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There were some farmers who refused to join these collective farms, but they were drastically punished. Most of the insubordinates between them were unconditionally sent to Siberia.
Later on, Khrushchev constituted the decentralized industry, because he wanted things to run smother and faster, without the current impediments from the central bureaucratic authority. A great number of ministries were dismantled. In what concerns the agriculture, Khrushchev established lots of wheat plantations on the former empty lands from Asian and Siberian Russia, thing which led to a bigger amount of manufactured products. He also reduced the taxes that collective farmers had to pay for their small, private cultivations. But social negative aspects restraint people's freedom, such as the fact that, in 1957, Boris Pasternak, now a famous writer, couldn't receive the Nobel Prize because his well-know novel, Doctor Zhivago, somewhat criticized the negative aspects from the post-revolutionary Russia.
Under Brezhnev too, there were lots of writers and artists, the intellectual elite in general, who manifested their disapproval in what concerns the poor quality of lifestyle and the low access to various resources in Russia. Of course, as one can imagine, they were treated with violence and cruelty by the government, many of them being sent in exile, in very hostileconditions of emprisonment. Nevertheless, as L.S. Stavrianos affirmed in his Global Rift: The Third World Comes of Age, the life of the rich has much of its bases on the very cheap work hand and resources in impoverished countries; our modern, comfortable life is facilitated by the very cheap resources in poor countries, such as natural resources, man-made products, energy, and, in the first place, a tremendously low-cost working hand.
In 1985, another thing happened in Russia: that which is often called 'perestroika' or restructuring. This was a measure imposed by Gorbachev, in order to create a new society, to give the taste of a little bit of freedom to the existing society. In truth, he tried to reinforce the Russian economy by letting information and products flow freely. He didn't actually succeed, and the troubles in the country continued and even increased. In 1991, on August 23, Yeltsin disestablished USSR and the countries within it began to declare their independence.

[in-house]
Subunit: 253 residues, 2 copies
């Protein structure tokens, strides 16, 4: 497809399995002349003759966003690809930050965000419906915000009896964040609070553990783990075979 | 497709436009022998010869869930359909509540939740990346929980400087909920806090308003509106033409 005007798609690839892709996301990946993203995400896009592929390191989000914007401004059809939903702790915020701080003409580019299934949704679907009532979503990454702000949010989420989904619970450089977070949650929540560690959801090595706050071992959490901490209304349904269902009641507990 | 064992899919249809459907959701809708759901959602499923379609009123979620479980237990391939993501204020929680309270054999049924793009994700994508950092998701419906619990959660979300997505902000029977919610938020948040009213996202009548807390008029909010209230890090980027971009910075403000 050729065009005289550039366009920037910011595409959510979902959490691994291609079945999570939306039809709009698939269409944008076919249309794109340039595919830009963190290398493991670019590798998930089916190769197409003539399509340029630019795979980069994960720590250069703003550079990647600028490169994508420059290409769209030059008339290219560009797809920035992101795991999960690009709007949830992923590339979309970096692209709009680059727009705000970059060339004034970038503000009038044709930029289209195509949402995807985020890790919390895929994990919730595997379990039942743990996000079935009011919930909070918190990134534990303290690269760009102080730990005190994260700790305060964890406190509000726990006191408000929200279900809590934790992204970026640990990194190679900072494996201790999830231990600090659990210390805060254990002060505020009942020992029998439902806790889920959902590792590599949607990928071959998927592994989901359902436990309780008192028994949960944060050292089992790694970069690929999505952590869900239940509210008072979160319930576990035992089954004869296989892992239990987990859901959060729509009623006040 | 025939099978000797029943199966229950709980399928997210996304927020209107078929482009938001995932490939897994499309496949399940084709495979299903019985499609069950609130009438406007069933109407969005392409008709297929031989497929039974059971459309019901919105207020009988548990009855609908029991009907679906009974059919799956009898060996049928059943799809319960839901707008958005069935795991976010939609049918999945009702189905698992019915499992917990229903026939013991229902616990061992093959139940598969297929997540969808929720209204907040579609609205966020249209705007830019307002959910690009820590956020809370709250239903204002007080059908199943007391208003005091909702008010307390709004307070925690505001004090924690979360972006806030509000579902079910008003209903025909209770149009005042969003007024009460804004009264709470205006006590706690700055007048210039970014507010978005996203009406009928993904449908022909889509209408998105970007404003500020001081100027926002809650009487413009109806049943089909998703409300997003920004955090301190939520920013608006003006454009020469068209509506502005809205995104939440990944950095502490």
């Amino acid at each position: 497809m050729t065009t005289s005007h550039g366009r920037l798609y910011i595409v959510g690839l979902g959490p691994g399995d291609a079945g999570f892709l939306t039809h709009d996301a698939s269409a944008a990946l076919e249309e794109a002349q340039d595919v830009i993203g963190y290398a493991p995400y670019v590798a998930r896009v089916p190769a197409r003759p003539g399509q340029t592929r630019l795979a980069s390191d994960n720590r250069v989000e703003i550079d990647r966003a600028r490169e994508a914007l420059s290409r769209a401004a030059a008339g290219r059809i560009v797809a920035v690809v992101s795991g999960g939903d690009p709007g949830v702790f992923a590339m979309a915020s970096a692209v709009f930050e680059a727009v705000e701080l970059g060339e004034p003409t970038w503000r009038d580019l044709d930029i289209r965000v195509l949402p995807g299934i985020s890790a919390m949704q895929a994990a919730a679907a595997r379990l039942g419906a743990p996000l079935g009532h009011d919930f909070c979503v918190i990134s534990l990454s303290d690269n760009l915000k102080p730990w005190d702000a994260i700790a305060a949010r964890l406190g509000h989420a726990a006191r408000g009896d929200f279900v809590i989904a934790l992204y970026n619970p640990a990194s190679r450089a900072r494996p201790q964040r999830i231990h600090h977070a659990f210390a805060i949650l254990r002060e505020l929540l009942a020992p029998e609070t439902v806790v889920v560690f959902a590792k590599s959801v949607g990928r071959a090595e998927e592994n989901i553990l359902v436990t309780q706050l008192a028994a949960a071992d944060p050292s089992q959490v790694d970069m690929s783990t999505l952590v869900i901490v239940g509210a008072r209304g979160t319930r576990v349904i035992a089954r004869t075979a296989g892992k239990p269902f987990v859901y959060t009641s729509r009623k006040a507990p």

The situation in China is considerably different, if we only take into account the breakdown of the revolution and the washout of the aspiration for a real democratic socialist regime in China. In his book, Stavrianos provides a detailed analysis about the reasons for this failure. On one hand, the Western imperialism obliged China to modernize very fast, when the latter didn't have the proper social conditions. On the other hand, Russia sacrificed Chinese masses only in its interests, without paying attention to people's will. Russia wanted to gain a new ally, embodied by China.
In China, the monarchy, which lasted 2,000 years, was replaced by a new state, in the form of a republic with democratic ideals that had never been accomplished. The Chinese communist philosophy, called Maoism, is derived from the theories of the Chinese communist leader, Mao Zedong; his theories have been described as an alternative to the Marxist-Leninist concepts. But this philosophy had also its own original properties, such as the fact that it put a stress on peasants, not like Marxism, which emphasized the power of the working class in what concerns the so-called democratic revolution.
Another aspect within the communist China is the fact that the human condition was very poor and the resources to which people had access were dramatically limited. As I have shown before, Stavrianos thinks that this poor condition of the quality of life in pauperized countries is somehow a pillar for the comfortable, no-worries life of the people in the first world.
In conclusion, Russia and China built up an entire complex revolutionary system which challenged and often ruined the newly established states, from all the points-of-view: economic, politic, social and intellectual; their systems had similarities and lots of differences, as I have proved in my essay.
L.S. Stavrianos. Global Rift: The Third World Comes of Age. Morrow, 1981.
Harold R. Isaacs. The Tragedy of the Chinese Revolution. Stanford: Stanford University Press, 1951.
Don C. Price. Russia and the Roots of the Chinese Revolution. Cambridge: Harvard University Press, 1974.
David Ludden. Modern Inequality and Early Modernity: A Comment for…[continue]
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